Constraint: if ${\mathbf{iterm}}=1$ and ${\mathbf{norm}}=\mathrm{Nag_TwoNorm}$, ${\mathbf{anorm}}>0.0$.
On entry, ${\mathbf{sigcmp}}=\mathrm{Nag_SparseSym_Bisect}$, ${\mathbf{sigmax}}\le 0.0$ and ${\mathbf{maxits}}=⟨\mathit{\text{value}}⟩$.
Constraint: if ${\mathbf{sigcmp}}=\mathrm{Nag_SparseSym_Bisect}$ and ${\mathbf{sigmax}}\le 0.0$, ${\mathbf{maxits}}\ge 1$.
On entry, ${\mathbf{sigcmp}}=\mathrm{Nag_SparseSym_Bisect}$, ${\mathbf{sigmax}}\le 0.0$, ${\mathbf{maxits}}=⟨\mathit{\text{value}}⟩$ and ${\mathbf{maxitn}}=⟨\mathit{\text{value}}⟩$.
Constraint: if ${\mathbf{sigcmp}}=\mathrm{Nag_SparseSym_Bisect}$ and ${\mathbf{sigmax}}\le 0.0$, ${\mathbf{maxits}}\le {\mathbf{maxitn}}$.
NE_ENUM_INT
On entry, ${\mathbf{method}}=⟨\mathit{\text{value}}⟩$, ${\mathbf{weight}}=⟨\mathit{\text{value}}⟩$, ${\mathbf{norm}}=⟨\mathit{\text{value}}⟩$ and ${\mathbf{iterm}}=⟨\mathit{\text{value}}⟩$.
Constraint: if ${\mathbf{method}}=\mathrm{Nag_SparseSym_CG}$ or ${\mathbf{weight}}=\mathrm{Nag_SparseSym_Weighted}$ or ${\mathbf{norm}}\ne \mathrm{Nag_TwoNorm}$, ${\mathbf{iterm}}=1$. Otherwise, ${\mathbf{iterm}}=1$ or $2$.
NE_ENUM_REAL_2
On entry, ${\mathbf{sigcmp}}=\mathrm{Nag_SparseSym_Bisect}$, ${\mathbf{sigmax}}\le 0.0$ and ${\mathbf{sigtol}}=⟨\mathit{\text{value}}⟩$.
Constraint: if ${\mathbf{sigcmp}}=\mathrm{Nag_SparseSym_Bisect}$ and ${\mathbf{sigmax}}\le 0.0$, ${\mathbf{sigtol}}<1.0$.
NE_INT
On entry, ${\mathbf{lwork}}=⟨\mathit{\text{value}}⟩$.
Constraint: ${\mathbf{lwork}}\ge 120$.
On entry, ${\mathbf{maxitn}}=⟨\mathit{\text{value}}⟩$.
Constraint: ${\mathbf{maxitn}}>0$.
On entry, ${\mathbf{n}}=⟨\mathit{\text{value}}⟩$.
Constraint: ${\mathbf{n}}>0$.
NE_INT_2
On entry, ${\mathbf{monit}}=⟨\mathit{\text{value}}⟩$ and ${\mathbf{maxitn}}=⟨\mathit{\text{value}}⟩$.
Constraint: ${\mathbf{monit}}\le {\mathbf{maxitn}}$.
NE_INTERNAL_ERROR
An internal error has occurred in this function. Check the function call and any array sizes. If the call is correct then please contact NAG for assistance.
See Section 7.5 in the Introduction to the NAG Library CL Interface for further information.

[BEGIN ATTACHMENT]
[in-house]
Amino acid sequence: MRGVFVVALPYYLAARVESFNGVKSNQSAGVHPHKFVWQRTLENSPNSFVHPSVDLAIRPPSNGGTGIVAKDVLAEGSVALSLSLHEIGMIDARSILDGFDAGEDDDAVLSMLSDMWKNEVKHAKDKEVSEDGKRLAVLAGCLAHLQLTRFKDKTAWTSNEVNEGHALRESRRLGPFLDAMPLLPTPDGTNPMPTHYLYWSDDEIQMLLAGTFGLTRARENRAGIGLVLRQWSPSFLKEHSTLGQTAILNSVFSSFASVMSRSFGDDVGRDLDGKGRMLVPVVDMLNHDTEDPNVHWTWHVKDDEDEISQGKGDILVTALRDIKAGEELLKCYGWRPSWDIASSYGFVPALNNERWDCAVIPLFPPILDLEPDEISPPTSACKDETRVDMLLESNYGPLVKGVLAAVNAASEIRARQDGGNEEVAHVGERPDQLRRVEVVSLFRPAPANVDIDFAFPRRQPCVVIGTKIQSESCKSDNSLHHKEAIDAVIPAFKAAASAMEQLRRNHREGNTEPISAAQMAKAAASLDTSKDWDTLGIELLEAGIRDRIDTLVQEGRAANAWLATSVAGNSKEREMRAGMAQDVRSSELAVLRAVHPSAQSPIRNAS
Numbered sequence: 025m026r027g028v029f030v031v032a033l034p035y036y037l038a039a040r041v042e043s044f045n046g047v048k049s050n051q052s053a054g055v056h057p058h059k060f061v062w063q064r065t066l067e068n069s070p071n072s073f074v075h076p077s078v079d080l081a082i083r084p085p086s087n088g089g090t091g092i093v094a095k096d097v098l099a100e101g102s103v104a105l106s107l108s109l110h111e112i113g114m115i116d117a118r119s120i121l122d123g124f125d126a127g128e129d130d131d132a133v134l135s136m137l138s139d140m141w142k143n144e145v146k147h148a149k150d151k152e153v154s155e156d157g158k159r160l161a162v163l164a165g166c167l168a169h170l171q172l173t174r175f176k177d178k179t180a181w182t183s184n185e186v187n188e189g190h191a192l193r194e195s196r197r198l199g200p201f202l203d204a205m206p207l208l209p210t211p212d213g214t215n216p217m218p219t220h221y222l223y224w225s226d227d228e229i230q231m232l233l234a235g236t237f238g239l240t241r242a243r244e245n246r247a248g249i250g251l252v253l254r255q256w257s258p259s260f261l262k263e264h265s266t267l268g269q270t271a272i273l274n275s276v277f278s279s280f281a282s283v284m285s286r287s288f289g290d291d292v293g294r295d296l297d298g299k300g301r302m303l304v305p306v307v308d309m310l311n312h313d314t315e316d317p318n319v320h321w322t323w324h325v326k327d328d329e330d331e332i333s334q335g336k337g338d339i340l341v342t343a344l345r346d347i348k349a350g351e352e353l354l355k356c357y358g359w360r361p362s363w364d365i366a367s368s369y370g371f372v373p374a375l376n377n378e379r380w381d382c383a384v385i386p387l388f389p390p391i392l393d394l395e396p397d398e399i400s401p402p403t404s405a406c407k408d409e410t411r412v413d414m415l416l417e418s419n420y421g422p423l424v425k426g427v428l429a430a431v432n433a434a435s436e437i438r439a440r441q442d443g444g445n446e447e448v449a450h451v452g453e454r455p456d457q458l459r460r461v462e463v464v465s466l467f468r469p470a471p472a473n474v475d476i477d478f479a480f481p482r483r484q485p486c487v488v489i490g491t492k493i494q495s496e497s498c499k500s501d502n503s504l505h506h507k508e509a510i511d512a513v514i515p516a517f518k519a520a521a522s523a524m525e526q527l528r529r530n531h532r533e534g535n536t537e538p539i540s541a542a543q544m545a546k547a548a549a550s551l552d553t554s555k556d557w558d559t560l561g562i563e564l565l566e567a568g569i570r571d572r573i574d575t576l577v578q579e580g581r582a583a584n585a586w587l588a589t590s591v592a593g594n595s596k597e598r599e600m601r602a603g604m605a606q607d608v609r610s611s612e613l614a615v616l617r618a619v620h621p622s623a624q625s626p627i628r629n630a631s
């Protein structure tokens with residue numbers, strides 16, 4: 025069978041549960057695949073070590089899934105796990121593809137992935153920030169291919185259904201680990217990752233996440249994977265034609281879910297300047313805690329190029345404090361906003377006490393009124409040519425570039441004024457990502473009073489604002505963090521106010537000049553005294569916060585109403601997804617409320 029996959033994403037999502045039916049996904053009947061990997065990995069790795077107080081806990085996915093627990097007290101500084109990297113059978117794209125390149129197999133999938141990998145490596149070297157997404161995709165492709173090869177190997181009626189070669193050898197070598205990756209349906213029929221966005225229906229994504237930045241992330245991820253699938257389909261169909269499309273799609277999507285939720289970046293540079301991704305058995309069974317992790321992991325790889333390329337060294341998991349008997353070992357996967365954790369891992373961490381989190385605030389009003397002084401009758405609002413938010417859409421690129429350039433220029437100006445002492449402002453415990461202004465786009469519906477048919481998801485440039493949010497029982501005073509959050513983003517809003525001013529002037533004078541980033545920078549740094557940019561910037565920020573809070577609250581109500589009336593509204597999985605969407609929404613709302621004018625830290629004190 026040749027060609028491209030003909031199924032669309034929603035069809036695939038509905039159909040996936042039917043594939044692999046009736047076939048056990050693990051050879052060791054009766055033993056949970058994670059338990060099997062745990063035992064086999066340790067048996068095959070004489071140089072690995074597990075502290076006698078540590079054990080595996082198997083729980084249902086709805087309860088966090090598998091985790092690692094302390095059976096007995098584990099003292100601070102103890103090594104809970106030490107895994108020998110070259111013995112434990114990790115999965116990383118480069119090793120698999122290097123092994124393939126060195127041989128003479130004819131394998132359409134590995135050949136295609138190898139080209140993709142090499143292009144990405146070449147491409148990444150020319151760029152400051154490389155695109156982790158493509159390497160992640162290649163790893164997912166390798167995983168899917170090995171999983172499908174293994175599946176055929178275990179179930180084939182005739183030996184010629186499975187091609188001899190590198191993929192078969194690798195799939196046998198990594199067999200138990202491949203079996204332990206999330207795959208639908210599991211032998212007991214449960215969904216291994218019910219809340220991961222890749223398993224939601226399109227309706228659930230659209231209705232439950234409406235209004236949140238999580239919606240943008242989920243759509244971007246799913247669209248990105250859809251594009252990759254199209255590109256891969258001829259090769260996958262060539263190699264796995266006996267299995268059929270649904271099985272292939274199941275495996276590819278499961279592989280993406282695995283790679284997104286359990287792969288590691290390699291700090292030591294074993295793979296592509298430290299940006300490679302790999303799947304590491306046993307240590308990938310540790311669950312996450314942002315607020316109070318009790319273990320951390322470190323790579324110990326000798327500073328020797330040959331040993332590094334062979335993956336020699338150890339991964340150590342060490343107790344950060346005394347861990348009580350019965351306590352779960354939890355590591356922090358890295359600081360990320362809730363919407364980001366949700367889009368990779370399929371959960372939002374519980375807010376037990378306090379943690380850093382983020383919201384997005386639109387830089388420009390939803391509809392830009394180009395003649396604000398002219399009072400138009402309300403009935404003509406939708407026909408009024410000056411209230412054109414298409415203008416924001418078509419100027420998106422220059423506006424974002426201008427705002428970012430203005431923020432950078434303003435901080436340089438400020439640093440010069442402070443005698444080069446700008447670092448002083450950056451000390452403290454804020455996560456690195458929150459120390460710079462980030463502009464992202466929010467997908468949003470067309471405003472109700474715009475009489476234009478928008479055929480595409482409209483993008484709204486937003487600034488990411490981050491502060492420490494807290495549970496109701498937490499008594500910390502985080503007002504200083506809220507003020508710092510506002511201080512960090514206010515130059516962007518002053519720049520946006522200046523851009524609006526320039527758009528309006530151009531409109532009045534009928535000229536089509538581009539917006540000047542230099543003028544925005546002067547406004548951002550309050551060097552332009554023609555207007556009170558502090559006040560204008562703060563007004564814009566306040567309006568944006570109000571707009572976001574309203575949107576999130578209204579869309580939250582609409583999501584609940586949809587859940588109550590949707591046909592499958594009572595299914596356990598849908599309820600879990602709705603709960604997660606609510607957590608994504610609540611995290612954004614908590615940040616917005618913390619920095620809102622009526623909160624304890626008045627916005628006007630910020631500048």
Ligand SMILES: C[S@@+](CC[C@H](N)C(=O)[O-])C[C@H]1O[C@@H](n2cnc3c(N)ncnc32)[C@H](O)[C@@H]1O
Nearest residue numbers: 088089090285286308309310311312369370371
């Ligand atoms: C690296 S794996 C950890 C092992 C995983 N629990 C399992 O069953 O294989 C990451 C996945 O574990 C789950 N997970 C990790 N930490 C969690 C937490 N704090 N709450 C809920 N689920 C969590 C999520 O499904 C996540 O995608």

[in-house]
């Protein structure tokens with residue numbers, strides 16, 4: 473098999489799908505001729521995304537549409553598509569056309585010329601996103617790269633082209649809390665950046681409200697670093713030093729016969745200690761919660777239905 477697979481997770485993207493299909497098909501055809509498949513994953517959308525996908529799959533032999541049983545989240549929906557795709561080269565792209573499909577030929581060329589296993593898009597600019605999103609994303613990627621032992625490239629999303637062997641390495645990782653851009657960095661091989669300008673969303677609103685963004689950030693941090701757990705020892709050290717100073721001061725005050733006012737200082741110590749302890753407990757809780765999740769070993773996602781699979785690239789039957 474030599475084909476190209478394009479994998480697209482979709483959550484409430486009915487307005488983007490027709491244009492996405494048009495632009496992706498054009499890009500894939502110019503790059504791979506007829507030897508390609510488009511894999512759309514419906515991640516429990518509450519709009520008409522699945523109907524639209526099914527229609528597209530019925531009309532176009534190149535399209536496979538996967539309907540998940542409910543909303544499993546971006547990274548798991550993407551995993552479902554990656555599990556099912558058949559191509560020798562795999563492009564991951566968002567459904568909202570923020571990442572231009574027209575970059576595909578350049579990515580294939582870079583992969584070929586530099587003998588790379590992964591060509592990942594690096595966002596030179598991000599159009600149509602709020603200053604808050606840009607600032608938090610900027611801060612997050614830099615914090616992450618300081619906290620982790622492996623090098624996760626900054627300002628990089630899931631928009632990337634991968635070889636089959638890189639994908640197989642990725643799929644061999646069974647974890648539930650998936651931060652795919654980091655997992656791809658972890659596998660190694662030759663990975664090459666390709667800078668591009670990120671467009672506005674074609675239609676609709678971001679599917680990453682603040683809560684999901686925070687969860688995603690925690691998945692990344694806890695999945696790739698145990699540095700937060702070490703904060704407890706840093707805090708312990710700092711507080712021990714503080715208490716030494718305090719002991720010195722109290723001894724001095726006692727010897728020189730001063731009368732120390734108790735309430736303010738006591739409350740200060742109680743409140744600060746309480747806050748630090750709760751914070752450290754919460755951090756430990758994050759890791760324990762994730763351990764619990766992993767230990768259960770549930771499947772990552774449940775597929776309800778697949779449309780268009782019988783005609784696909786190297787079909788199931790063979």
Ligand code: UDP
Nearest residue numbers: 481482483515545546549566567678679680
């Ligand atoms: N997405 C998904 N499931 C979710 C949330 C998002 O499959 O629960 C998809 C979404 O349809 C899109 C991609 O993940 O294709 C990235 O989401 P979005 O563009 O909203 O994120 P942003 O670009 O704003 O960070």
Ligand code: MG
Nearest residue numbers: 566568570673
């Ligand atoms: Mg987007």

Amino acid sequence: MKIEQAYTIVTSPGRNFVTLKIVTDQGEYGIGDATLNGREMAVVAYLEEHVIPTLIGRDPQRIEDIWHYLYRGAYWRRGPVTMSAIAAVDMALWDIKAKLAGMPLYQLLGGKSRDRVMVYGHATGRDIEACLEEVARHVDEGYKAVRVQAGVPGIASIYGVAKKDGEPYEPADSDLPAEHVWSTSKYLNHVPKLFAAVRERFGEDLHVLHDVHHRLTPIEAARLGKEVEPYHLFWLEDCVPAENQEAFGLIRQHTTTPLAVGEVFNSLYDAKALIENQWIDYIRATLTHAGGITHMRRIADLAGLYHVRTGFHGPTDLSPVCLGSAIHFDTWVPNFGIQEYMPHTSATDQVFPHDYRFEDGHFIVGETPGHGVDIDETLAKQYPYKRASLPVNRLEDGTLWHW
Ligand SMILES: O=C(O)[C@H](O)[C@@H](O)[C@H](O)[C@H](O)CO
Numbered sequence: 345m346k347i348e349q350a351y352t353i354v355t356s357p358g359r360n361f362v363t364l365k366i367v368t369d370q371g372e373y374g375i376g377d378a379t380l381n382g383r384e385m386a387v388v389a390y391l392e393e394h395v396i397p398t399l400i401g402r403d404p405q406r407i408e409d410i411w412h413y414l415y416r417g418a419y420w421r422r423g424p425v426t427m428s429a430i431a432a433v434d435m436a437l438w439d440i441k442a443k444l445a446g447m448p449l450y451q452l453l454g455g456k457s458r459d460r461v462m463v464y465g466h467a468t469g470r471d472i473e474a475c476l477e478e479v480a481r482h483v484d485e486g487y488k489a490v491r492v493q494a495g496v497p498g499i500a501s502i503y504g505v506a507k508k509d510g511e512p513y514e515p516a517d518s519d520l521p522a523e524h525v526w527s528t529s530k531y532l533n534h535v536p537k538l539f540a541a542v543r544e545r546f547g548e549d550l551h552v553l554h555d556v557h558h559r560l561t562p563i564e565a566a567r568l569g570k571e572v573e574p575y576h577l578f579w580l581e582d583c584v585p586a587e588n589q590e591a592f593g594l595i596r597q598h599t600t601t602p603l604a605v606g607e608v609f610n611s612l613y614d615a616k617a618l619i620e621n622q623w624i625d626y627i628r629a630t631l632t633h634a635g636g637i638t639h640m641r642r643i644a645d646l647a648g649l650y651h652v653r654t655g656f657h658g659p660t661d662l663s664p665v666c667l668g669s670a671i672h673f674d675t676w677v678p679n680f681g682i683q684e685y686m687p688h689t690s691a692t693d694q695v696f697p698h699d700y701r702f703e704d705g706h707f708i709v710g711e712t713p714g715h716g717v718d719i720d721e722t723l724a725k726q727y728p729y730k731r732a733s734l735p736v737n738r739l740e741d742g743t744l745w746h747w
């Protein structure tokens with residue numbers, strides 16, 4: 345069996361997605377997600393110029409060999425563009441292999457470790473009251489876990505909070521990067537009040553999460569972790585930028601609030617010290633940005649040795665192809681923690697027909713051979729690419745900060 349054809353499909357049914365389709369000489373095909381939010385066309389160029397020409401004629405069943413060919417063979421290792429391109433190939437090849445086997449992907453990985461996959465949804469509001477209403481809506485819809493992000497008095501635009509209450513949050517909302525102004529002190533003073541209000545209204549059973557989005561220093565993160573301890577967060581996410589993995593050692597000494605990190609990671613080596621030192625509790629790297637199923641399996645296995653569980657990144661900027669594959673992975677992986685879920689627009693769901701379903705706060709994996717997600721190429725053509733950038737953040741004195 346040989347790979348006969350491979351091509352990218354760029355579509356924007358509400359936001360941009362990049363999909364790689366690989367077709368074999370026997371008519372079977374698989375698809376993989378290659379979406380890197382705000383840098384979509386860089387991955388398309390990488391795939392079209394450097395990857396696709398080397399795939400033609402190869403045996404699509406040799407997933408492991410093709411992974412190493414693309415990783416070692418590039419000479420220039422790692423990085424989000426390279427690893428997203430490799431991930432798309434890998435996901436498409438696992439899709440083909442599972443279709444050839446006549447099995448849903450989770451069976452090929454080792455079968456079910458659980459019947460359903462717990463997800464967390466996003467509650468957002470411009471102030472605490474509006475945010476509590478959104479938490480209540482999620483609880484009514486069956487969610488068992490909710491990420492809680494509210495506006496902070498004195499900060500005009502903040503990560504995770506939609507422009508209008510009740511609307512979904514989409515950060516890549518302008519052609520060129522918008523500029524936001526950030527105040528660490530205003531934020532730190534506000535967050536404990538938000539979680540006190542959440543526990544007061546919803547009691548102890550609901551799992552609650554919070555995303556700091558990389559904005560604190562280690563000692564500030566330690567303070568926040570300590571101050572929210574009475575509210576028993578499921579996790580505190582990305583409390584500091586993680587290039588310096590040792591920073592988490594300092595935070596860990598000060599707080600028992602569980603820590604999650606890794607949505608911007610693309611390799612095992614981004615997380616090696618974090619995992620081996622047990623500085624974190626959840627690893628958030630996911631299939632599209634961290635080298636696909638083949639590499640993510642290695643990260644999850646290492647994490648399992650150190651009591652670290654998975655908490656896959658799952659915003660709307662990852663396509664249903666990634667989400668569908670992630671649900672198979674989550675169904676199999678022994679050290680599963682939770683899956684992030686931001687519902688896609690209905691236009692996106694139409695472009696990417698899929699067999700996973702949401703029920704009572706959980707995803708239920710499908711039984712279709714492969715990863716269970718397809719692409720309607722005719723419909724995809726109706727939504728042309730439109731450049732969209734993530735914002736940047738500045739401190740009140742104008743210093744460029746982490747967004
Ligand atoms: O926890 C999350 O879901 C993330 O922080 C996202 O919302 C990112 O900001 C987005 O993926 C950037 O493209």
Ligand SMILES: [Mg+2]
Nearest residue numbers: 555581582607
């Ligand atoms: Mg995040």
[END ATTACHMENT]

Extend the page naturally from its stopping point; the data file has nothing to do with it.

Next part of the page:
NE_NO_LICENCE
Your licence key may have expired or may not have been installed correctly.
See Section 8 in the Introduction to the NAG Library CL Interface for further information.
NE_OUT_OF_SEQUENCE
f11gdc has been called out of sequence: either f11gdc has been called twice or f11gec has not terminated its current task.
NE_REAL
On entry, ${\mathbf{tol}}=⟨\mathit{\text{value}}⟩$.
Constraint: ${\mathbf{tol}}<1.0$.

Not applicable.

## 8Parallelism and Performance

f11gdc is not threaded in any implementation.

When ${\sigma }_{1}\left(\overline{A}\right)$ is not supplied (${\mathbf{sigmax}}\le 0.0$) but it is required, it is estimated by f11gec using either of the two methods described in Section 3, as specified by the argument sigcmp. In particular, if ${\mathbf{sigcmp}}=\mathrm{Nag_SparseSym_Bisect}$, then the computation of ${\sigma }_{1}\left(\overline{A}\right)$ is deemed to have converged when the differences between three successive values of ${\sigma }_{1}\left({T}_{k}\right)$ differ, in a relative sense, by less than the tolerance sigtol, i.e., when
 $max( |σ1(k)-σ1(k-1)| σ1(k) , ​ |σ1(k)-σ1(k-2)| σ1(k) ) ≤sigtol.$
The computation of ${\sigma }_{1}\left(\overline{A}\right)$ is also terminated when the iteration count exceeds the maximum value allowed, i.e., $k\ge {\mathbf{maxits}}$.
Bisection is increasingly expensive with increasing iteration count. A reasonably large value of sigtol, of the order of the suggested value, is recommended and an excessive value of maxits should be avoided. Under these conditions, ${\sigma }_{1}\left(\overline{A}\right)$ usually converges within very few iterations.

## 10Example

This example solves a symmetric system of simultaneous linear equations using the conjugate gradient method, where the matrix of the coefficients $A$, has a random sparsity pattern. An incomplete Cholesky preconditioner is used (f11jac and f11jbc).

### 10.1Program Text

Program Text (f11gdce.c)

### 10.2Program Data

Program Data (f11gdce.d)

### 10.3Program Results

Program Results (f11gdce.r)